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Cycling and enjoying music? A contradiction in terms!?
Who hasn’t experienced this? Either the wind and ambient noise are so loud that you can hardly hear the music, or you block off your ears, really turn up the volume and can no longer hear your surroundings or the traffic … which can be life-threatening.
There is no compromise! Or is there?
I myself have experimented a lot in recent years, because I spend many hours a week on my bike. But no matter whether with “In Ear”, “Over Ear”, with “Noise Cancelling” or without … no headset managed the balancing act between enjoying music and paying attention in traffic.
Then I came across the topic of “bone-sound headphones” and bought the OpenRun model from Shokz.
Shokz … the company and its products
To start with … I have nothing to do with Shokz or its products, neither professionally nor privately. But after I got stuck in my search for the ideal “bicycle headphones”, I took a closer look at this somewhat different way of listening to music… or rather “listened” to them.
On its homepage, Shokz says of itself:
“Shokz is the world’s leading pioneer of bone-conduction technology, which transmits sound directly to the inner ear via the cheekbones. Because the ear cups are left exposed in the process, ambient sounds remain ever-present, allowing unimpaired awareness of the environment for increased safety while running.”
That sounds tempting. The question remains how it works in everyday life! I would like to report on that here.
Ordered, delivered, unpacked and switched on
I bought these bone-sound headphones on the web for 139 euros; for the dealer around the corner, the part was probably too special. But it can be even more expensive; the “Pro” version is 189 euros! Delivery was within 2 working days. The packaging reminds me somehow of Apple products; high quality and yet only the bare essentials are included:
– OpenRun bone-sound sports headphones
– Magnetic charging cable
– Carrying case
– user manual
On the negative side, I immediately notice that the USB charging cable is absolutely individual … unfortunately not a standard a la USB-C or something. It’s magnetic and clips right onto the headphones. I only charge them for a few minutes; that has to be enough for a first, short test! The quick charge function promises 1.5 hours of music enjoyment after only 10 minutes of charging!
Other interesting facts:
Once the Shokz Openrun are fully charged, they are supposed to last 8 hours. Of course, this value depends very much on the volume; so far they have easily lasted 8 hours; they even felt longer … maybe because I didn’t have them so loud and the smartphone was close by!
Even though the OpenRun Sport earphones are explicitly not suitable for swimming (if you need that, go for the OpenSwim model), they are waterproof according to IP67. That means they can withstand “… temporary submersion in water up to a maximum depth of 1 metre for a maximum of 30 minutes”. So you can ride in the rain, wear them in the shower or simply sweat all over them.
They weigh only 26 grams and are equipped with the latest PremiumPitch™ 2.0+, which is currently the most advanced technology in terms of sound quality & bone sound. The only thing left to mention is that there is also a “mini” version with a shorter band.
Oh yes … you can of course also make phone calls with it!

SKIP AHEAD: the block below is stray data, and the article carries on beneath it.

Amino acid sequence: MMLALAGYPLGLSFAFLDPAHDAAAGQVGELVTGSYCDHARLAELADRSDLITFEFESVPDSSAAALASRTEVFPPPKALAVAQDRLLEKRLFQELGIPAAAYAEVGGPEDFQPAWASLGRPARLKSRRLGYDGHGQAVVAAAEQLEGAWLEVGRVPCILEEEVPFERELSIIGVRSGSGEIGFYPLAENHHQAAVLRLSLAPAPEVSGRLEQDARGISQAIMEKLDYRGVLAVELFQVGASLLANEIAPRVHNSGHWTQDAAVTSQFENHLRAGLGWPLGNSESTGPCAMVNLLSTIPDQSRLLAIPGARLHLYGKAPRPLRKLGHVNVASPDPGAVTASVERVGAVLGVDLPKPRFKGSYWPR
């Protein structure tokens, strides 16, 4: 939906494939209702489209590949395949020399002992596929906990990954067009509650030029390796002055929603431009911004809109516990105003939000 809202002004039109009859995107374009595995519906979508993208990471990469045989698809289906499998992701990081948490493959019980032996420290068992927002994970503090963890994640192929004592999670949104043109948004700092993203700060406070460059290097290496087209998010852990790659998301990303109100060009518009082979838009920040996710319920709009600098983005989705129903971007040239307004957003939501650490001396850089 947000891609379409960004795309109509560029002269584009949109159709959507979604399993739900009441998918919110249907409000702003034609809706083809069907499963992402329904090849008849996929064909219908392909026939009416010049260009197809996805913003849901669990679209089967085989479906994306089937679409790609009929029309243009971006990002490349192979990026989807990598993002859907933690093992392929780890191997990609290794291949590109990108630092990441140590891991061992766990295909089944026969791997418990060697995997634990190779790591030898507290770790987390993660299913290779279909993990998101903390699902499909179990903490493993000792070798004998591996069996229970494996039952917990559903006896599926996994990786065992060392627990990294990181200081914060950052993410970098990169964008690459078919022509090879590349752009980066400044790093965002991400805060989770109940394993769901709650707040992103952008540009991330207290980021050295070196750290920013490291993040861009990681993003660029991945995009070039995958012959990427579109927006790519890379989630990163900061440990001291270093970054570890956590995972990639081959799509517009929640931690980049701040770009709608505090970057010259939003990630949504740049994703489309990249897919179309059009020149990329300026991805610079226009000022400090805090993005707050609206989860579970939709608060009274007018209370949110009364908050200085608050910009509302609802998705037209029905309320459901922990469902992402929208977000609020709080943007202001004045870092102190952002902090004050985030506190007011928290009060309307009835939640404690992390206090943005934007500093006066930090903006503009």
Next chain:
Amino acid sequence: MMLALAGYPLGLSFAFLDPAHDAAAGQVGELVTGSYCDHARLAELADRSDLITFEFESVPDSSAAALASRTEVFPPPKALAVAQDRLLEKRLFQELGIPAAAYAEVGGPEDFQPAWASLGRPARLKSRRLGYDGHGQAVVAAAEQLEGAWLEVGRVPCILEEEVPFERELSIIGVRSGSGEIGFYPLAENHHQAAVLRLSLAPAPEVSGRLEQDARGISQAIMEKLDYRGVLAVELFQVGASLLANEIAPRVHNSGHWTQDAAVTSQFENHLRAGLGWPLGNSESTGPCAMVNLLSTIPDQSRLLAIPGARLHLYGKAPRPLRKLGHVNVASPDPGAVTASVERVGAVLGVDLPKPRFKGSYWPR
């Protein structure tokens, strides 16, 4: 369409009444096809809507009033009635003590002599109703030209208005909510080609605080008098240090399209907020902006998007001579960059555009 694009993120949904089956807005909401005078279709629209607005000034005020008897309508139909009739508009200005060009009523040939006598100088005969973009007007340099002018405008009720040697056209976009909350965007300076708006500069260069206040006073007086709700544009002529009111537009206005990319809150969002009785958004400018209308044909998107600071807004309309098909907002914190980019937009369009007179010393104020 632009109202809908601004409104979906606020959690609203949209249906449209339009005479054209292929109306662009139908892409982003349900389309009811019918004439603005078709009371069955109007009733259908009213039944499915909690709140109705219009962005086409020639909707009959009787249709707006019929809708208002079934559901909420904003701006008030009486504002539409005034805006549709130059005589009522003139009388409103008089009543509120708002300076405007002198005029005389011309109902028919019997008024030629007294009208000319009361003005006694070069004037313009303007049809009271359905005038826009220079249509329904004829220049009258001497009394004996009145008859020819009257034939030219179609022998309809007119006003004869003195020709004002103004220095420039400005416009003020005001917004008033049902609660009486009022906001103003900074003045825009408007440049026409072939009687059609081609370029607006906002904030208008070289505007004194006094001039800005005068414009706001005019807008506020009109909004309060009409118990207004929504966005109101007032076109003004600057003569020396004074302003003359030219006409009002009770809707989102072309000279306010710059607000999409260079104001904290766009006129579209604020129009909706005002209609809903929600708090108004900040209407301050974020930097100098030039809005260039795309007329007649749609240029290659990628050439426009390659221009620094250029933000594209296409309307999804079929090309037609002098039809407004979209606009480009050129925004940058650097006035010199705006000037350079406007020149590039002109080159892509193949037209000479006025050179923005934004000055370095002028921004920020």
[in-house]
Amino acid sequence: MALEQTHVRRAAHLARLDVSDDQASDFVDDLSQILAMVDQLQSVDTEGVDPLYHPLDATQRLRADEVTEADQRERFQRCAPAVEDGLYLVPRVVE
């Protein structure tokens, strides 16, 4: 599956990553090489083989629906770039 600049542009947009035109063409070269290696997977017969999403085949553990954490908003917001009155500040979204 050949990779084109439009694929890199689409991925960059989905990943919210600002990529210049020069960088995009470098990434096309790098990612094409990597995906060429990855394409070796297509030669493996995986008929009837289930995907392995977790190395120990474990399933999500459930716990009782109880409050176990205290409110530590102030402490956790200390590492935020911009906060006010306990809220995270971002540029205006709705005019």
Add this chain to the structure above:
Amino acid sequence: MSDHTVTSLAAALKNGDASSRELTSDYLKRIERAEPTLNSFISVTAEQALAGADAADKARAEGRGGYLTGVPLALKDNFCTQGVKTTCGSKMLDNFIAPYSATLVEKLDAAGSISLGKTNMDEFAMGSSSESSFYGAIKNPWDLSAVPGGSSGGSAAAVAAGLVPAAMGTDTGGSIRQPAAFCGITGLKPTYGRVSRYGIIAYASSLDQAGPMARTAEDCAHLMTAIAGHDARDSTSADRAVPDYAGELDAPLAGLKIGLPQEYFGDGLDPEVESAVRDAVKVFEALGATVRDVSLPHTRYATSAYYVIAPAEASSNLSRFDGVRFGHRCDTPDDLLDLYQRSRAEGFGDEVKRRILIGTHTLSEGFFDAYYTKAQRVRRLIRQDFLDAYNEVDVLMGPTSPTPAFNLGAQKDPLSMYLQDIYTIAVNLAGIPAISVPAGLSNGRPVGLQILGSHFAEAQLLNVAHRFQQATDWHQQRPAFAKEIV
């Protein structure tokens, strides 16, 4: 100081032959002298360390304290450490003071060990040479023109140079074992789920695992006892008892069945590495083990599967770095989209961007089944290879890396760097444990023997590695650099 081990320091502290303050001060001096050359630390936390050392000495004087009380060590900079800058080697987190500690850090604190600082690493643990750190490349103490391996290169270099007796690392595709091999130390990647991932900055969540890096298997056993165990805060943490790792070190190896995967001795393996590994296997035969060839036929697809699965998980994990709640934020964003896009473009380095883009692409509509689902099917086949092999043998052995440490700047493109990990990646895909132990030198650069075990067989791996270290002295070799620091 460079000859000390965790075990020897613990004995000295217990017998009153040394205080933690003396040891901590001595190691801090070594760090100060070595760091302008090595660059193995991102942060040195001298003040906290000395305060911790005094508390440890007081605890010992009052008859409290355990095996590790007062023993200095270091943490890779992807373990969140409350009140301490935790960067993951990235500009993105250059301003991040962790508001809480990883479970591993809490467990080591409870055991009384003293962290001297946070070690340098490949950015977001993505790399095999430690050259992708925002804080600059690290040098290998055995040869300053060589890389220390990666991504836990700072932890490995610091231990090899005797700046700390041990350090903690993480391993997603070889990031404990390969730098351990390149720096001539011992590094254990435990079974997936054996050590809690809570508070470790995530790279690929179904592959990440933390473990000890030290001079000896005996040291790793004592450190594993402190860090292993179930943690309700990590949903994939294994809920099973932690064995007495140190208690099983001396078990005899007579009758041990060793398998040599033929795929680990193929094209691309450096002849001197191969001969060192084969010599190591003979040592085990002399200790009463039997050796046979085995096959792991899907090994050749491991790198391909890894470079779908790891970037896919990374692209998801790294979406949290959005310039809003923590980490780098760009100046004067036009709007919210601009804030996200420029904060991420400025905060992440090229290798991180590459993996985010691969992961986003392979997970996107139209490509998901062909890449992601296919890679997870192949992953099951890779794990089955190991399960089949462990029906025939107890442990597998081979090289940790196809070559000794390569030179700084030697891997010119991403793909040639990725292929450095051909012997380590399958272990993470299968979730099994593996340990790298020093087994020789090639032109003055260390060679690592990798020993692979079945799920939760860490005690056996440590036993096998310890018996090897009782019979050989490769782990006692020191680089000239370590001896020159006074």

In everyday life
The most important thing first: the sound! The OpenRun can’t compete with “normal” headphones! Because the sound is transmitted via the bones, the bass is particularly lacking. It is also unusual that the bone-sound headphones do not seal off the ear from external noise; this is a completely different listening experience and one that takes some getting used to!
So if you can’t do without your typical bassy sound a la AirPods or comparable models, you need read no further.
I had already informed myself in advance and it was clear to me that the bone-conduction technology has this disadvantage. However, I was therefore positively surprised by the sound, or rather, by this completely different way of listening to music! The music sounds really good, apart from the slight bass weakness! And yet it is somewhat irritating to perceive environmental sounds at the same time. Podcasts and audio books are also really easy to understand! I would not have thought that!
Without taking the smartphone out of the pocket, the most important commands can be carried out directly via the headset: Louder, softer, next track, previous track. The only thing you can’t do with the headset is fast-forward, which I can get over. However, operating the headset is a bit fiddly when wearing gloves.
My personal conclusion after several weeks of intensive use:
Especially on longer bike rides, beyond 3 hours, the OpenRun are really fun! They push me when I’m not motivated enough and sweeten the day when the weather isn’t good or I’m just not in a good mood. But I also use them all the time for shorter workouts, jogging or walks with the dog!
You can wear them without any problems under a bicycle helmet and also with glasses! Another advantage: they don’t hurt your ears and you don’t sweat like with other In Ear or Over Ear headphones!
The sound is not hi-fi, but absolutely OK … and in return you can perceive your surroundings without restriction, which has already saved me as a cyclist from worse in one or the other dangerous situation in road traffic!
|+ Ambient noise can still be perceived!||– Sound! Weak bass|
|+ Compatible with bicycle helmet and goggles||– Individual charging cable / no standard USB!|
|+ No sweating||– Operation of the volume up and volume down buttons with gloves difficult|
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